Progress Update: LIFE by Richard Fortey
Life: An Unauthorised Biography: A Natural History of the First Four Thousand Million Years of Life on Earth - Richard Fortey






Reading this book is like listening to a conversation by your favourite eccentric professor or grandfather - some random, rambly digressions stuffed between loads of beautifully and richly written natural science.  The author's enthusiasm for his subject shines through, making the digressions charming rather than annoying.


Chapter 1 rambles a bit about the author's undergraduate field trip to the Arctic (this guy has far too much fun while freezing his toes off in the middle of nowhere!), but he does explain the vastness of geological time, how geological time is measured/determined, how much information is missing from the fossil record due to the nature of the fossilization process - delicate, squishy, or land-dwelling organisms are less likely to be fossilized than heavier-boned or marine creatures, and a great deal of the fossil record is either buried too deep to be accessible or has been destroyed by subduction or volcanism.


Chapter 2 briefly describes the creation of the Earth, then moves on to discuss early life on the planet, starting with organic chemistry, continuing on to single celled bacteria and  then cooperative bacterial mats such as stromatolites, to chemolithoautotrophic hyperthermophiles, archaea, photosynthesis and the Great Oxygenation Event.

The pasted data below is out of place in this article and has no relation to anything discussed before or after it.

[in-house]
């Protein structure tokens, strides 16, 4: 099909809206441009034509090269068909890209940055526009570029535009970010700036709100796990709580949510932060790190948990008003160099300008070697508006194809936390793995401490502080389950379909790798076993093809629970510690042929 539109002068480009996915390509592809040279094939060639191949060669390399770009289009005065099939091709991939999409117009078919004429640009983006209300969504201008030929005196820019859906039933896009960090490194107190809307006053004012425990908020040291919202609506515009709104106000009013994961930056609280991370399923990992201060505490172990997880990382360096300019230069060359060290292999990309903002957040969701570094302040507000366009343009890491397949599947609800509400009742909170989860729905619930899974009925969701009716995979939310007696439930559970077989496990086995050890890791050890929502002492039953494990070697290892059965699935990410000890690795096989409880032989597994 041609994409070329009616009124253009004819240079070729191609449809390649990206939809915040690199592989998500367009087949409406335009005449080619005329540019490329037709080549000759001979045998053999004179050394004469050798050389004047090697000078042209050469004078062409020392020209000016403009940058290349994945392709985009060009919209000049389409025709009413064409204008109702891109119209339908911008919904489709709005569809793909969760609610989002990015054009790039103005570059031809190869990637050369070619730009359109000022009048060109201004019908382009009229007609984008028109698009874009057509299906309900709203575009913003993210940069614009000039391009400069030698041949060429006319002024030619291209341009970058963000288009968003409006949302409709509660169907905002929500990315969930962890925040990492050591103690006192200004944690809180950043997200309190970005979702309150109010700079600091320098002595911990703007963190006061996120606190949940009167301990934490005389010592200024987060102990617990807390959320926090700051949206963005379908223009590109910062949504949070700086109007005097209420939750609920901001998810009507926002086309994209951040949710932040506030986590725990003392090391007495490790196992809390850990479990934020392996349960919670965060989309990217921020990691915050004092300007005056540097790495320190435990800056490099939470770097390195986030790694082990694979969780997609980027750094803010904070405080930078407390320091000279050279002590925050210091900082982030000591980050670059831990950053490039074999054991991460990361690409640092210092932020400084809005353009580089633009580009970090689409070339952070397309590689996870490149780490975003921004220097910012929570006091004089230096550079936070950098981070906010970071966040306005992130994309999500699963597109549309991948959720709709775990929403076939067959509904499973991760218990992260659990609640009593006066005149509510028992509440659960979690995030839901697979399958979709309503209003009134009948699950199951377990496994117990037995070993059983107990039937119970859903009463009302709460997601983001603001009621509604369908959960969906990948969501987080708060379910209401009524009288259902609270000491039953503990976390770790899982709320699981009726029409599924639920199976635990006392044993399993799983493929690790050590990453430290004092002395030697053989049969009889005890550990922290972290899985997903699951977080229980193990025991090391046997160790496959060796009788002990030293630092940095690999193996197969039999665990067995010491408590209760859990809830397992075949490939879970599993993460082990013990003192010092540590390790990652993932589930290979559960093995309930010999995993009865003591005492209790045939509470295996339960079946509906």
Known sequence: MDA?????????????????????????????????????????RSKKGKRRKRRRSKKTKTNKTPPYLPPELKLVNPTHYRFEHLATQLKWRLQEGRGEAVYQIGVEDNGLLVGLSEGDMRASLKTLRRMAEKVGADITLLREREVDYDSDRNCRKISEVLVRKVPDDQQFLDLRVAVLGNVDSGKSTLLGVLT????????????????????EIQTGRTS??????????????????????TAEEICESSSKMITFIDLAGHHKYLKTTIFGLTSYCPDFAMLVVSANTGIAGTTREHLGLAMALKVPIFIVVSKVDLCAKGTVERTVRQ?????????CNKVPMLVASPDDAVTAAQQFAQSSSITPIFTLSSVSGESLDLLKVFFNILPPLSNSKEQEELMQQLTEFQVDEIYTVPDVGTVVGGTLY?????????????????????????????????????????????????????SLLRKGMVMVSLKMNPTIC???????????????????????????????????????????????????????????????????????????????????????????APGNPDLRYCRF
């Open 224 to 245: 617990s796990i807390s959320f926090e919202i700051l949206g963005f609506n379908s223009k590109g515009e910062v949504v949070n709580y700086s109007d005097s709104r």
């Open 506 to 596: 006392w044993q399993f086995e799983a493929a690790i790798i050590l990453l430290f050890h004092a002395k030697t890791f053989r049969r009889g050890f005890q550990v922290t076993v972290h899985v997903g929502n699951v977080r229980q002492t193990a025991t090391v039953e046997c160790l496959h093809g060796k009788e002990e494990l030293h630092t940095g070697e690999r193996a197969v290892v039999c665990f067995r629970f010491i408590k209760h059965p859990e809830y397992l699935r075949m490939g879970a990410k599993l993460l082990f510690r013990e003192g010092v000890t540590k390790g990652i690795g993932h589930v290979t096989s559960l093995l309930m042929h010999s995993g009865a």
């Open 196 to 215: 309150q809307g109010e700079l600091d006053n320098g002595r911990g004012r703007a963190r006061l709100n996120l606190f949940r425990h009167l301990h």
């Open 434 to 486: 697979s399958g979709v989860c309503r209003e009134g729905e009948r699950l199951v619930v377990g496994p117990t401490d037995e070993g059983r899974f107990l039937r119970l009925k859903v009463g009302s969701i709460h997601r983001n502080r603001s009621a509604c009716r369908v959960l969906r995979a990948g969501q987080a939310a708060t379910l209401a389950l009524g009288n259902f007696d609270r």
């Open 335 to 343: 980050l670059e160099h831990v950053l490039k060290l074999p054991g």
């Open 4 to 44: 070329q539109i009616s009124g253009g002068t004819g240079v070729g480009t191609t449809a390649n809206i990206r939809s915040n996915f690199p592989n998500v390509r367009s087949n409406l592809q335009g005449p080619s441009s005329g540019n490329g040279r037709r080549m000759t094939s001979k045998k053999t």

I especially enjoyed his information on stromatolites and the visual picture he paints in describing the oxygenation of the Earth with each bacterial "cell exhaling the merest puff of oxygen, such as would fill a balloon smaller than a pin head.  Then imagine a world thick with such cells, billions of them, dividing and dividing again, and each time the divide another minute puff of oxygen is given to the air.  Then this process continues through generations that can only be reckoned as numerous as the stars in the Universe,  And for every generation a thousand billion tiny balloons of oxygen released..."